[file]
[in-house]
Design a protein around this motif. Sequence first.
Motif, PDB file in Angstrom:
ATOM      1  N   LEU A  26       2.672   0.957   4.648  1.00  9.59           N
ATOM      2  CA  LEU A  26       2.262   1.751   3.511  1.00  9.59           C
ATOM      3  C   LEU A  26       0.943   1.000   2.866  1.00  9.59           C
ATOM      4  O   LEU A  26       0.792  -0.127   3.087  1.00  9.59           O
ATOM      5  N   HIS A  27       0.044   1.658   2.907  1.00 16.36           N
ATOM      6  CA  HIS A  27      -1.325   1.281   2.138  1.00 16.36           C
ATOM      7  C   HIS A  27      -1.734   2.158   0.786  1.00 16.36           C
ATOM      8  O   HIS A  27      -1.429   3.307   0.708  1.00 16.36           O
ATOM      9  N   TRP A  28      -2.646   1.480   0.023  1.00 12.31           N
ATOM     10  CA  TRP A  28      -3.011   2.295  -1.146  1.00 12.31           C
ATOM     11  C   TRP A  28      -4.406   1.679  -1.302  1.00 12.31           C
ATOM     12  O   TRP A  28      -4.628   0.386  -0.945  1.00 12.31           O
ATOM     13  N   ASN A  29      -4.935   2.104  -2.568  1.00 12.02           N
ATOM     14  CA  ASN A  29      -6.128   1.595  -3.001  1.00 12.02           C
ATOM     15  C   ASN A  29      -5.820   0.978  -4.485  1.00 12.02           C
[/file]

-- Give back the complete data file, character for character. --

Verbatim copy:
[in-house]
Design a protein around this motif. Sequence first.
Motif, PDB file in Angstrom:
ATOM      1  N   LEU A  26       2.672   0.957   4.648  1.00  9.59           N
ATOM      2  CA  LEU A  26       2.262   1.751   3.511  1.00  9.59           C
ATOM      3  C   LEU A  26       0.943   1.000   2.866  1.00  9.59           C
ATOM      4  O   LEU A  26       0.792  -0.127   3.087  1.00  9.59           O
ATOM      5  N   HIS A  27       0.044   1.658   2.907  1.00 16.36           N
ATOM      6  CA  HIS A  27      -1.325   1.281   2.138  1.00 16.36           C
ATOM      7  C   HIS A  27      -1.734   2.158   0.786  1.00 16.36           C
ATOM      8  O   HIS A  27      -1.429   3.307   0.708  1.00 16.36           O
ATOM      9  N   TRP A  28      -2.646   1.480   0.023  1.00 12.31           N
ATOM     10  CA  TRP A  28      -3.011   2.295  -1.146  1.00 12.31           C
ATOM     11  C   TRP A  28      -4.406   1.679  -1.302  1.00 12.31           C
ATOM     12  O   TRP A  28      -4.628   0.386  -0.945  1.00 12.31           O
ATOM     13  N   ASN A  29      -4.935   2.104  -2.568  1.00 12.02           N
ATOM     14  CA  ASN A  29      -6.128   1.595  -3.001  1.00 12.02           C
ATOM     15  C   ASN A  29      -5.820   0.978  -4.485  1.00 12.02           C